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After releasing toxic pollution into rivers with zero accountability, the EPA convicts 185 other Americans for 'environmental crimes'

EPA pollution

(NaturalNews) The Environmental Protection Agency (EPA) performed its duties aggressively this year, handing out a number of prison sentences and multi-million dollar fines to polluters.

However, the agency failed to apply its enforcement techniques to its own employees and the contractors responsible for a massive toxic spill caused during the botched Gold King Mine cleanup in Colorado – which poisoned rivers and waterways in three states and also within the Navajo Nation.

From The Daily Caller:

"Environmental Protection Agency (EPA) enforcers helped convict 185 Americans of environmental crimes this year, with each of these eco-convicts getting sentenced to eight months in prison on average for crimes ranging from biofuel fraud to illegally removing asbestos.

"EPA enforcement data for 2015 shows the agency opened 213 environmental cases which resulted in 185 people convicted and sentenced to 129 years in prison. EPA has been opening fewer cases in recent years to focus more on 'high impact' cases."

The agency was responsible for levying more than $88 million in fines, $112 million in restitution and $4 billion in court ordered environmental projects.

Record settlements against private companies

The biggest of these cases was against Duke Energy, which was charged with violating the Clean Water Act for spilling coal ash into Virginia and North Carolina rivers. The guilty verdict resulted in the largest settlement ever paid under the Clean Water Act: $68 million in fines and $34 million for environmental projects in both affected states.

So, how can the EPA justify its zealous prosecution of companies like Duke Energy, when its own environmental screw-ups go unpunished?

"Republican lawmakers were quick to criticize EPA for not taking any disciplinary action against contractors or employees involved in the Colorado mine spill. Lawmakers noted that while EPA drags its feet, a private company, like Duke, would have been fined quickly if it had spilled mine waste.

"The Department of the Interior's outside review of the spill incident found EPA could have avoided a blowout if it had taken precautions agency workers had used while opening other sealed Colorado mines."

EPA whitewashes its own mistakes

Not only could the blowout have been avoided, there is evidence that the agency was warned beforehand that such an incident might occur – and even worse, it now appears that the agency may be attempting to "taint" the investigation, according to Representatives Rob Bishop of Utah and Louie Gohmert of Texas, both Republicans.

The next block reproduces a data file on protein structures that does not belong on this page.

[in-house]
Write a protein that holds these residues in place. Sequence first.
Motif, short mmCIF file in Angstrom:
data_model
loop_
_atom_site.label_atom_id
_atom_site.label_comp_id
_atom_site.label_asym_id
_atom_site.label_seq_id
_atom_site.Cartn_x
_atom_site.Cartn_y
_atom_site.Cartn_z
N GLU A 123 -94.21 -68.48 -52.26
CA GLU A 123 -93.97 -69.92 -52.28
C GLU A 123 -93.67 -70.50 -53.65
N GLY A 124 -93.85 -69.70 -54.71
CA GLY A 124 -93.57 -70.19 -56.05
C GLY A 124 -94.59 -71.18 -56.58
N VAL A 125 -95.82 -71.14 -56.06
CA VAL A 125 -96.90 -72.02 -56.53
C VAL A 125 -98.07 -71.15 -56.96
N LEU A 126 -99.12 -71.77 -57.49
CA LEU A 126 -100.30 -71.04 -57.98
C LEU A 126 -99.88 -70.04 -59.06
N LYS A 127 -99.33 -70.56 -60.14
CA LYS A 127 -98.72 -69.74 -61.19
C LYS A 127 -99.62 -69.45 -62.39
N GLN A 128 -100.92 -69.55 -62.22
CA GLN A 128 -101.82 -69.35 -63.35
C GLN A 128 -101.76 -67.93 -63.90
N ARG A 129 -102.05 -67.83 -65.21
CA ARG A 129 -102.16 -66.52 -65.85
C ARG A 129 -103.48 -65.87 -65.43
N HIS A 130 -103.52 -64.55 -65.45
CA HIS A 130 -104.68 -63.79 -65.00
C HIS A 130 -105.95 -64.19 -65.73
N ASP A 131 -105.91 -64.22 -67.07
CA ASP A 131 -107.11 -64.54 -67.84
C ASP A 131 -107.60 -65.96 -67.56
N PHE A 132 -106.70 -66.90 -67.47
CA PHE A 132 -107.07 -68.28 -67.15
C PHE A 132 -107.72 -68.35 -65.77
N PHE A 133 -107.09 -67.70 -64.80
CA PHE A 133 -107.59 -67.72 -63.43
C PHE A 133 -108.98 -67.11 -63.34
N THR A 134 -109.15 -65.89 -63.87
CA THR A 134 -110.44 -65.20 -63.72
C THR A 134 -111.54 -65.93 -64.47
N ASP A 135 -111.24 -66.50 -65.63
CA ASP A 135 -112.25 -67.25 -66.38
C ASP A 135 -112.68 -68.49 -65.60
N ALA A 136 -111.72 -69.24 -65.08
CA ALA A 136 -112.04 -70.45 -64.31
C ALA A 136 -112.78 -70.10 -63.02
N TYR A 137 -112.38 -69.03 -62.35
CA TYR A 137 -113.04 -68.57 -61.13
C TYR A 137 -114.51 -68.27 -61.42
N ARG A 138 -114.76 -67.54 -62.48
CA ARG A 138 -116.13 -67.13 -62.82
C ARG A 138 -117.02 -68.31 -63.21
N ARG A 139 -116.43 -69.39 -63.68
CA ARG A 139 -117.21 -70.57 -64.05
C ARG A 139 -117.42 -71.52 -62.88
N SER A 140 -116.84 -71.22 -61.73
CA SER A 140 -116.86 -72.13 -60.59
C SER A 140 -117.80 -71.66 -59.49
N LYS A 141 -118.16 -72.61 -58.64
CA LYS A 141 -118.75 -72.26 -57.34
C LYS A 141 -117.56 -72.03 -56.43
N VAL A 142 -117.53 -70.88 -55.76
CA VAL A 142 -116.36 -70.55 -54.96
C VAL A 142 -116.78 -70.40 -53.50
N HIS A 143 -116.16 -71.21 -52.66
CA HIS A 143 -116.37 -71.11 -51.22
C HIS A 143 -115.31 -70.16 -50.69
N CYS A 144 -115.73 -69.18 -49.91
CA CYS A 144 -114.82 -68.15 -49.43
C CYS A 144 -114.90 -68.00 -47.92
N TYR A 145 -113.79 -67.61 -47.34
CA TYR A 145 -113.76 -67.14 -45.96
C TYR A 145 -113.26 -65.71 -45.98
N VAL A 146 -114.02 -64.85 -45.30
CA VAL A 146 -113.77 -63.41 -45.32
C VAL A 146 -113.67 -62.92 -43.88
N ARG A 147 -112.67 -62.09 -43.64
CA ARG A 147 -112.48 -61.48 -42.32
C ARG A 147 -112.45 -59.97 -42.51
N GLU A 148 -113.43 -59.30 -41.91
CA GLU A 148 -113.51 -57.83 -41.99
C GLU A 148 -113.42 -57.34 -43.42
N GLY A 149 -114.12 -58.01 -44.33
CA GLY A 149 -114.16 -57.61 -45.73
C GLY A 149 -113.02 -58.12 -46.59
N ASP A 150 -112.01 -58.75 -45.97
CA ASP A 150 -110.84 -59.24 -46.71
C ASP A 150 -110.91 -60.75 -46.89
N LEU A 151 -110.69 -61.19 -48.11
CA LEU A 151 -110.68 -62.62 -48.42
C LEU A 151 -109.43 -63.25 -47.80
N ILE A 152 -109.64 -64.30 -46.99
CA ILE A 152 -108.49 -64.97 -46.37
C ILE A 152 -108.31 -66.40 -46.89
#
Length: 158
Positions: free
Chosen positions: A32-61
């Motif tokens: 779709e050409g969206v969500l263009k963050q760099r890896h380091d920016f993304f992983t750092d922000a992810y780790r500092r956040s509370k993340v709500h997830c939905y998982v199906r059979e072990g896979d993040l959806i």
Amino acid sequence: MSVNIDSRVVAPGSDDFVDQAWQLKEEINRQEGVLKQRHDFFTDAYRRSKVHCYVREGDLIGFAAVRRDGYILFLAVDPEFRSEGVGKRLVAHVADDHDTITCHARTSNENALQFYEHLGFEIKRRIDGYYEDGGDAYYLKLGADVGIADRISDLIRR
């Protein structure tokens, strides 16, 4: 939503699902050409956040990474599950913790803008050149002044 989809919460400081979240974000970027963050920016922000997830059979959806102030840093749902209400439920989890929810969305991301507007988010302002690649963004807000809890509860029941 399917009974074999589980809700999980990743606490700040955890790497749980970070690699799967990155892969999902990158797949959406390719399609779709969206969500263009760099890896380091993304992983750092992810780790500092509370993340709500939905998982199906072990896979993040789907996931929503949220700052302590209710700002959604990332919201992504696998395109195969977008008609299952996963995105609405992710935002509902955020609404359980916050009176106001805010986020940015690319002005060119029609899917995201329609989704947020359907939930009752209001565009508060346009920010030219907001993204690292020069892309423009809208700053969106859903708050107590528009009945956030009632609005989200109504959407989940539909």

Bishop and Gohmert wrote to the inspector general of the EPA:

"[T]he Committee on Natural Resources is troubled by the EPA's disclosure last week that it had recently interviewed two material witnesses to the EPA's activities at Gold King Mine.

"Specifically, the Committee is concerned that the EPA's interview did not follow best investigative practices and may have interfered with the OIG's ongoing investigation."

Meanwhile, the EPA continues in its efforts to whitewash the incident, according to Paul Driesen of the Heartland Institute. "Congress and state legislatures should further investigate the Gold King disaster, and compel witnesses to testify under oath," he wrote. "They should also improve relevant laws, ensure that agency personnel are truly qualified to do their tasks, and hold agency incompetents and miscreants accountable."

And as the Gold King Mine cleanup efforts drag on, suicides are on the increase in the Navajo Nation – a fact which many blame on the spill.

It seems abundantly clear that the EPA is unwilling to take full responsibility for their role in the Gold King Mine spill, even though the incident continues to have a devastating impact on the environment and the people living in the region.

And as it doggedly pursues "high profile" cases, while levying record fines against private companies, the agency apparently believes that its own environmental mistakes are somehow forgivable and that it should not be held accountable for them.





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